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China just put into effect a new set of cyber security laws it approved last year that, while aimed to improve security measures against cybercrime, could have a negative effect on foreign business. According to Beijing’s state news agency, Xinhua, the laws are intended to counteract threats from cyber terrorism and hacking; they are being put into place as a defense mechanism to protect personal information and will give the central government more control over digital companies operating within the country.

These new laws would seem, on the outset, to have a positive effect on business, protecting companies from cyber crime and fraud. However, there may be an unintended side effect when it comes to international business relations with China. For companies that have business relations with China or are looking to form them (which, in a globalized world, is a lot), these stricter regulations could prove dangerous. According to TechCrunch, foreign companies that do business with China have argued for more clarity surrounding the new laws regarding cross-border flow of data and information and more time to implement them. In May, industry organizations including the U.S. Chamber of Commerce lobbied the Chinese government to delay the new law, but so far China’s internet regulator, The Cyberspace Administration of China, has only responded by agreeing to push back the date by which the rules will be implemented to 2018. China has offered very little information on what these regulations will actually look like.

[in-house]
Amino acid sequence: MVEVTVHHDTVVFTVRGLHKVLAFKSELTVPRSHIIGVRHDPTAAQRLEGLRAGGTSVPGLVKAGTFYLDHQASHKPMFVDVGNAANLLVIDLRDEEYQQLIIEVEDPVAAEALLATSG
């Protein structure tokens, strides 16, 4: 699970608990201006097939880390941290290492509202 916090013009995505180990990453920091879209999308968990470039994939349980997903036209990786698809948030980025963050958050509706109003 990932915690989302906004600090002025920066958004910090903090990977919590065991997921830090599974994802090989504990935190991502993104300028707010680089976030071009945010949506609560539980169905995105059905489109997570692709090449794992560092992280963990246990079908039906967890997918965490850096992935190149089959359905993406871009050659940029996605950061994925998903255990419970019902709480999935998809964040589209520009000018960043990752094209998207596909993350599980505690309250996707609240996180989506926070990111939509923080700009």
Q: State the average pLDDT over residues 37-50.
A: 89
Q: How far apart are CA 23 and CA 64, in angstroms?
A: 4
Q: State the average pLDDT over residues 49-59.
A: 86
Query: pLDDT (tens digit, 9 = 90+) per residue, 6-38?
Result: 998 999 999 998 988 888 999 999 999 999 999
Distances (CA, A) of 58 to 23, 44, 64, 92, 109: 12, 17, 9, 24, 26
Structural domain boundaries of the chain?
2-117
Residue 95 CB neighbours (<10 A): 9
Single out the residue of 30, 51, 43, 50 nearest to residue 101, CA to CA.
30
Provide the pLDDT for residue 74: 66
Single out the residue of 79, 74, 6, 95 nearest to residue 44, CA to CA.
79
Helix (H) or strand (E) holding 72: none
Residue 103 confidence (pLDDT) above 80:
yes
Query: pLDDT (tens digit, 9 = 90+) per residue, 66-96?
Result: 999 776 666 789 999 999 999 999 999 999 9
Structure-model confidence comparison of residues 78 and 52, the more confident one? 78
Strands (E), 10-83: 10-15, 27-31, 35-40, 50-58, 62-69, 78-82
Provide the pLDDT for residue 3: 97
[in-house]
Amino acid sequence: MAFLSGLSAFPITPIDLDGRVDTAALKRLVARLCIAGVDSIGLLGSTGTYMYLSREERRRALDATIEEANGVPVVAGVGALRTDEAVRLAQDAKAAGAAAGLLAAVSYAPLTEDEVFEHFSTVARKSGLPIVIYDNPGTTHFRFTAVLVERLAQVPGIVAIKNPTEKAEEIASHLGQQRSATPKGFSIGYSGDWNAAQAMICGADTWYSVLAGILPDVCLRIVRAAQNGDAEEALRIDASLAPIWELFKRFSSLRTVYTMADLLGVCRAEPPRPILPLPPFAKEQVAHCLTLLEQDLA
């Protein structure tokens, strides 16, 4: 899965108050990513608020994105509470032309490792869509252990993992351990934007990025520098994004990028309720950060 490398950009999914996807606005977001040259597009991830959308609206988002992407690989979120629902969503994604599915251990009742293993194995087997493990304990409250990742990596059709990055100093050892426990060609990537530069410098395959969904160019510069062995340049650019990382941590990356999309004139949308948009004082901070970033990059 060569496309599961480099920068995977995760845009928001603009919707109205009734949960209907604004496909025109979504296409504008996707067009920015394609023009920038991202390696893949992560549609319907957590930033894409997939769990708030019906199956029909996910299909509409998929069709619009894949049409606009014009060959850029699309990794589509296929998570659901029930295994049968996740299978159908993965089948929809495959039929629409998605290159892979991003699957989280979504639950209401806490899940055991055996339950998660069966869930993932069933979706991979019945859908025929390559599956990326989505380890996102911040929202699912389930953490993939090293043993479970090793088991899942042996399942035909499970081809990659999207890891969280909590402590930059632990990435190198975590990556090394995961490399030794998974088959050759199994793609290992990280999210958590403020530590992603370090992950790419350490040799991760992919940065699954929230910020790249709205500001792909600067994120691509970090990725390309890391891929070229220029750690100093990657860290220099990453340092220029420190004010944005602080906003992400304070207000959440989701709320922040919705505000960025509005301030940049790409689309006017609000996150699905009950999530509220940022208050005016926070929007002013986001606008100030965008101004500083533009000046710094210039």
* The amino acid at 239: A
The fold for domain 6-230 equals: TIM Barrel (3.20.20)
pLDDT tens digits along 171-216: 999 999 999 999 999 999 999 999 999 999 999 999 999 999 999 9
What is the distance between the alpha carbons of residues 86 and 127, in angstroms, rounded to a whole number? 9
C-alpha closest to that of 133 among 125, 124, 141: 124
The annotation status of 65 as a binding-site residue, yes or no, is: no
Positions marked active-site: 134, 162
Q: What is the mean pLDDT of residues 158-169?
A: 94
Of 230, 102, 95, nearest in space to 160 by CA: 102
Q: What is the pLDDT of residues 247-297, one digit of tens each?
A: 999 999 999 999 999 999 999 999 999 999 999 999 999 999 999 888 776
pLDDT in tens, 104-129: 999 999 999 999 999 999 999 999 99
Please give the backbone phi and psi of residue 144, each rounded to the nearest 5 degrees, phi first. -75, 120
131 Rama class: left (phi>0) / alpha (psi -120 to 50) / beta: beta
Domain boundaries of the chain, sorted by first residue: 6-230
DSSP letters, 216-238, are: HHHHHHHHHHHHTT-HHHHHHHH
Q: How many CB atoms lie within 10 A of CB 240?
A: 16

What we do know is that one of the provisions of the law allows China to conduct security reviews of technology products and services that could impact national security. The Chinese government has been very vague about what kinds of products will be subject to review, but critics argue that these regulations are invasive and are concerned that they will inhibit trade relations.

So, is there legitimate reason for concern yet, or are these speculations mere media hype? As someone who does a lot of international business, I can understand and sympathize with these international companies. While business usually involves some level of risk, uncertainty of this level is unprecedented and concerning. Companies are unsure how to proceed; while they have been granted a grace period of up until 2018 to comply, failure to abide by the laws could result in a $7,350 to $73,00 fine. When international companies aren’t even sure exactly what the new laws will entail, how can they be expected to follow them?